Jamie Smith’s most recent book, You Are What You Love: The Spiritual Power of Habit, is a more popular version of his books Desiring the Kingdom and Imagining the Kingdom. It removes some of the more academic conversations and distills his thesis into a two introductory chapters. But the book is not just a redo; there are new metaphors, new illustrations and he applies his thesis to the spheres of Christian worship, the home, youth ministry, and work.
In recent years, there has been a growing gap between exegetical studies in the Pauline epistles on the one hand, and trinitarian theology on the other. A widely held view among scholars is that Paul began from the starting point of Jewish monotheism and then sought to understand Jesus and His relationship to God through that interpretive lens. This has led some scholars to assign Jesus a very close identification with God in Paul’s letters, but others to see Jesus as occupying a subordinate role to God. Wesley Hill enters this conversation and presents the alternative of reading Pauline texts through a trinitarian lens.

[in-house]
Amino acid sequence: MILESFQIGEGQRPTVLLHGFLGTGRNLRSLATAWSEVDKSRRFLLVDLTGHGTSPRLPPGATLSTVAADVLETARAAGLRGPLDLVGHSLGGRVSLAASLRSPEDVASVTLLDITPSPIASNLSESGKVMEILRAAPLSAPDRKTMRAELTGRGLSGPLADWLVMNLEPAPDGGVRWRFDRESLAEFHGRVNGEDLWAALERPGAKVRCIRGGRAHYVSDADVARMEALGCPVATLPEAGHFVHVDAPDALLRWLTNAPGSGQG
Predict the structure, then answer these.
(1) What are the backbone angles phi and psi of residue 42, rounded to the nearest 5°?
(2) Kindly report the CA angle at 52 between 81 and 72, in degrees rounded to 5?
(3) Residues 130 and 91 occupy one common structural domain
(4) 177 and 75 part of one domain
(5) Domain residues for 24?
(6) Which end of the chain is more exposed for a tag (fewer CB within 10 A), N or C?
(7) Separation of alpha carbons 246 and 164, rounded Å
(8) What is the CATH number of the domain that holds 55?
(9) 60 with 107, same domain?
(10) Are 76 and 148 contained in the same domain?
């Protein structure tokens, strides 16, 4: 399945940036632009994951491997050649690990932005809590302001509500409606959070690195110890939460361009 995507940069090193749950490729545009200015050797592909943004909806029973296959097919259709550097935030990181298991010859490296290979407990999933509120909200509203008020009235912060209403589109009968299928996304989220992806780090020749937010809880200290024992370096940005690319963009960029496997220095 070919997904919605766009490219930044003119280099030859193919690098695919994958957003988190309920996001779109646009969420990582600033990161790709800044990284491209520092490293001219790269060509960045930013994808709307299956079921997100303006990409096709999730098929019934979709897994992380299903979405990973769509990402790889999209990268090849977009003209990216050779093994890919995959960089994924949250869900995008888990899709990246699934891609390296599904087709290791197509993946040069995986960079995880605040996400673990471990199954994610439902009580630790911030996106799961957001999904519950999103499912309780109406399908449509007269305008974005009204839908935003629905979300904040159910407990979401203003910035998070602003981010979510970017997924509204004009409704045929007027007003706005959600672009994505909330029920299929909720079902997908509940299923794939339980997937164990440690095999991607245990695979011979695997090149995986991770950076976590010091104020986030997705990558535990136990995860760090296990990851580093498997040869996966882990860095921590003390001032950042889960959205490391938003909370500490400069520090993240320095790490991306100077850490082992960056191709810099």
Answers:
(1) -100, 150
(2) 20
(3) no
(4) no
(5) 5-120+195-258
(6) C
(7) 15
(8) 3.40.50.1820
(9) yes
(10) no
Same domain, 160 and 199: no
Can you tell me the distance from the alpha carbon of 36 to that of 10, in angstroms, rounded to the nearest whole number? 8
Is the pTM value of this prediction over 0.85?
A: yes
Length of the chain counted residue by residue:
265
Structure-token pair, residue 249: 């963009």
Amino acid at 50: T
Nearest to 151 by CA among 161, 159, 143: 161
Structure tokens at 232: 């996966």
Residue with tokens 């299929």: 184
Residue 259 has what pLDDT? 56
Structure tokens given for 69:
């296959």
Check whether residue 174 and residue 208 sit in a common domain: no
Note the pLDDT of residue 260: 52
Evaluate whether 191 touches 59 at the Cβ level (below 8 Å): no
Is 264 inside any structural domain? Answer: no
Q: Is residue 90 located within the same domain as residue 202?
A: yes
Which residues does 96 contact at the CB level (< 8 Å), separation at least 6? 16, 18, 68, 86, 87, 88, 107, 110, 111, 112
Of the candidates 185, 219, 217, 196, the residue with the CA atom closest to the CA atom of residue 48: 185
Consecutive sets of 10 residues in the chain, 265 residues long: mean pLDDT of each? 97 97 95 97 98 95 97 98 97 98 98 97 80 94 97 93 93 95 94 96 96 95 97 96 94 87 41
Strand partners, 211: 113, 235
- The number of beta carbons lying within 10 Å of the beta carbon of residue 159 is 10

Prepositions and Theology in the Greek New Testament will be a helpful book for Greek scholars at several stages in their careers, and with several purposes in mind. The book is not written in such a way that it would take the place of a grammar (or the section of a grammar covering prepositions). Rather, it is intended to be a supplement, assisting the reader with further study into the use of prepositions in the Greek New Testament.
Here is a modern classic on Christology, freshly translated by Jo Bennett (and edited by R. David Nelson) from the German work, Der auferweckte Gekreuzigte, which was originally published in 1994.
After an extended season of neglect and derision, it seems as if the doctrine of divine providence is once again becoming an object of interest and attention. In recent years, a number of informed and engaging treatments of providence – and the corresponding doctrine of creation – have emerged.